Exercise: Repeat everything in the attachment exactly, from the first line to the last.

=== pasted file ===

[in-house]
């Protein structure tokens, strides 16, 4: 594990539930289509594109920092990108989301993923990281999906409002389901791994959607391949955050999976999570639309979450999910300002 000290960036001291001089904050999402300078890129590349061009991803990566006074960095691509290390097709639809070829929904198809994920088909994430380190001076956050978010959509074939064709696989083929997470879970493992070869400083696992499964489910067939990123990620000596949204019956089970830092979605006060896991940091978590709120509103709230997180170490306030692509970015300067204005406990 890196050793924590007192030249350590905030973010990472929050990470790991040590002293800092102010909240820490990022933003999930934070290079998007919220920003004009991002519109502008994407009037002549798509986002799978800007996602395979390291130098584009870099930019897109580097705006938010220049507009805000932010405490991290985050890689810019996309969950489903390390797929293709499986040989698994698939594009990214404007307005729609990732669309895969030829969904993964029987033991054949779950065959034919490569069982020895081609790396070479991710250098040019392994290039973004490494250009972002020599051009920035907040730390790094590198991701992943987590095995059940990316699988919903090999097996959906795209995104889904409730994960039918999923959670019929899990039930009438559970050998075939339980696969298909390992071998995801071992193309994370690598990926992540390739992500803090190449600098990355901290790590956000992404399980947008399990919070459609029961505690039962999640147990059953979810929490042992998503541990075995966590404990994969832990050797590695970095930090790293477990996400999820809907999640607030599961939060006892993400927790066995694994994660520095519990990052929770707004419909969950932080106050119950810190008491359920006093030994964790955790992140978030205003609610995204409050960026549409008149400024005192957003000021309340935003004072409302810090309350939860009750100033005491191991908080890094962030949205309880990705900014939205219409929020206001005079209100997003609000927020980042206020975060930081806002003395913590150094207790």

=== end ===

[in-house]
């Protein structure tokens, strides 16, 4: 594990539930289509594109920092990108989301993923990281999906409002389901791994959607391949955050999976999570639309979450999910300002 000290960036001291001089904050999402300078890129590349061009991803990566006074960095691509290390097709639809070829929904198809994920088909994430380190001076956050978010959509074939064709696989083929997470879970493992070869400083696992499964489910067939990123990620000596949204019956089970830092979605006060896991940091978590709120509103709230997180170490306030692509970015300067204005406990 890196050793924590007192030249350590905030973010990472929050990470790991040590002293800092102010909240820490990022933003999930934070290079998007919220920003004009991002519109502008994407009037002549798509986002799978800007996602395979390291130098584009870099930019897109580097705006938010220049507009805000932010405490991290985050890689810019996309969950489903390390797929293709499986040989698994698939594009990214404007307005729609990732669309895969030829969904993964029987033991054949779950065959034919490569069982020895081609790396070479991710250098040019392994290039973004490494250009972002020599051009920035907040730390790094590198991701992943987590095995059940990316699988919903090999097996959906795209995104889904409730994960039918999923959670019929899990039930009438559970050998075939339980696969298909390992071998995801071992193309994370690598990926992540390739992500803090190449600098990355901290790590956000992404399980947008399990919070459609029961505690039962999640147990059953979810929490042992998503541990075995966590404990994969832990050797590695970095930090790293477990996400999820809907999640607030599961939060006892993400927790066995694994994660520095519990990052929770707004419909969950932080106050119950810190008491359920006093030994964790955790992140978030205003609610995204409050960026549409008149400024005192957003000021309340935003004072409302810090309350939860009750100033005491191991908080890094962030949205309880990705900014939205219409929020206001005079209100997003609000927020980042206020975060930081806002003395913590150094207790």